How to raise a globally conscious child

There is so much temptation in the world and it is so easy just to sit back and not think outside our own little bubble.

There is life beyond our bubble and the things we do effect those both in and out of our bubble.

So how do you raise your children to think outside of their little bubble?

  1. Read to your child. Reading the books that I have suggested throughout this blog allow your child to see how others live and how they can live a better life for the sake of the world they live in.
  2. Promote empathy. Ask them to consider how others might feel. Empathy is a skill that many people in the world lack so building this up in your child is important if you are to raise a globally conscious child.
  3. Get outside – Create new experiences – play.
  4. Stand up for what you believe in and involve your children – send money to a cause, write a letter to a politician or sign a petition. Encourage your child’s passion.

 

Join me on Facebook, instagram and follow my blog for tips and conversations on how we can all become more globally conscious citizens.

Storytelling and learning how to read.

The planet does not need more successful people. The planet desperately needs more peacemakers, healers, restorers, storytellers and lovers of all kinds.” – Dalai Lama

What is storytelling?

Storytelling is the act of telling a story – any story. It can be through spoken word, through written word, through art and through acting.

How does storytelling help us and your child with reading?

It expands our vocabulary

By telling stories your child listens to new words being pronounced. Your child hears words in new and known contexts.

When your child tells a story they are practising using new vocabulary.

Instead of asking them to write another boring sentence using a spelling word or sight word – ask them to tell a story instead! These words will come into the story very easily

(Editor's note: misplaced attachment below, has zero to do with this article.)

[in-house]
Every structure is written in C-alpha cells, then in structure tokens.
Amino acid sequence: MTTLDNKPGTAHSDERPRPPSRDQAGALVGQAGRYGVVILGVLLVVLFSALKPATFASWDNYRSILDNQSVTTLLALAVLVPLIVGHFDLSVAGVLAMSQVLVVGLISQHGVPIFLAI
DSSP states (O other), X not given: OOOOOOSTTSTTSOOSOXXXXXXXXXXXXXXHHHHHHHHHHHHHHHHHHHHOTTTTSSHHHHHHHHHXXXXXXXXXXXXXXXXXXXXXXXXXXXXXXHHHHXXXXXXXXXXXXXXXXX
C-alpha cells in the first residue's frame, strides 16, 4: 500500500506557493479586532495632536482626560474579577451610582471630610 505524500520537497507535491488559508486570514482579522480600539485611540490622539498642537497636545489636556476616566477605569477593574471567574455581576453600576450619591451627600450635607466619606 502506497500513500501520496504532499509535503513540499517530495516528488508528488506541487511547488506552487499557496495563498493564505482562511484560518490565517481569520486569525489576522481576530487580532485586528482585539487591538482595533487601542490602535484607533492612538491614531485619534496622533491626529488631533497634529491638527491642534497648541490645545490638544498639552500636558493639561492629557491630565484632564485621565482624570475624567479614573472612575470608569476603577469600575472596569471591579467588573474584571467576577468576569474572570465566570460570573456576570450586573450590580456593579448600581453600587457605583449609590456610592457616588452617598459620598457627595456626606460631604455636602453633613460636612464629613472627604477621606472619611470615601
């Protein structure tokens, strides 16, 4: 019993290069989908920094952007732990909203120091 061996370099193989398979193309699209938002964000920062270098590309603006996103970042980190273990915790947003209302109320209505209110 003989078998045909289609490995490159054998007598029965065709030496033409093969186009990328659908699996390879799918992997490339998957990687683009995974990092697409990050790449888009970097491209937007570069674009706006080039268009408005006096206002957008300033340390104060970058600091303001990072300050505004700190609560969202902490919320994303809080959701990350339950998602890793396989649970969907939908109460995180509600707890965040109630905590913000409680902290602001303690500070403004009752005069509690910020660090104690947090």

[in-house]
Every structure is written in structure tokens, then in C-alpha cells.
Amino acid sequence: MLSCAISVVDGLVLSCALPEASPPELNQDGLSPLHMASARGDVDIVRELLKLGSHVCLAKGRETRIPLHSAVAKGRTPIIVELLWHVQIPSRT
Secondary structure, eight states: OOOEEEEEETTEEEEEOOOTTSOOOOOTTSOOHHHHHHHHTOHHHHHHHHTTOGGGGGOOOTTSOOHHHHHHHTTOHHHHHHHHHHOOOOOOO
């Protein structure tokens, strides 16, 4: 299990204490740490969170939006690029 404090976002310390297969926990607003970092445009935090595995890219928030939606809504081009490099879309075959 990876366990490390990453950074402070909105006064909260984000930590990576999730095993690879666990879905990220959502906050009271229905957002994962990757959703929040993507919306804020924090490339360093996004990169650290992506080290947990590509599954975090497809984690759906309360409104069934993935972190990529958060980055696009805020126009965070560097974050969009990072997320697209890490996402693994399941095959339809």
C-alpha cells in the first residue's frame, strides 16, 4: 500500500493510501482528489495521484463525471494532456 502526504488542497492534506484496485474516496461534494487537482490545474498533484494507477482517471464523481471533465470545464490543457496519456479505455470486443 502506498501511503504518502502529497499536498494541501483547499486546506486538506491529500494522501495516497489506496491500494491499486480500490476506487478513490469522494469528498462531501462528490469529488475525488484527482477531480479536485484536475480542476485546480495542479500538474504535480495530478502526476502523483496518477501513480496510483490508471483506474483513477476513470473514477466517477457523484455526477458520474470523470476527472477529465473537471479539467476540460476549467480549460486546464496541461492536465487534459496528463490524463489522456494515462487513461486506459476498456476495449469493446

It is interactive

When we tell stories we are engaging in eye contact with the storyteller and the listeners. We are using body language and facial expressions to engage others or show our interest. We can see how others feel about the story and change where the story is heading if we see our original ending not working for the current audience.

Storytelling promotes visualisation, inferencing and problem solving. It helps us to think on our feet and engage each audience we tell the story to in a different way.

It tells us a story

We all love stories and storytelling through close friends and family can tell tales of the past – rather than just relying on photos and videos. Most cultures passed on advice through storytelling and many still do – telling stories make those rules much easier to follow!

It uses our imagination – both the storyteller and the listener. 

Children love being told stories. Some evenings make up a story together before going to bed rather than always only reading books. Borrow ideas from books you have read and make up your own! Your imagination can go wild being the listener or the storyteller and you can have so much fun doing both!

 “The power of storytelling is exactly thisto bridge the gaps where everything else has crumbled.” – Paulo Coelho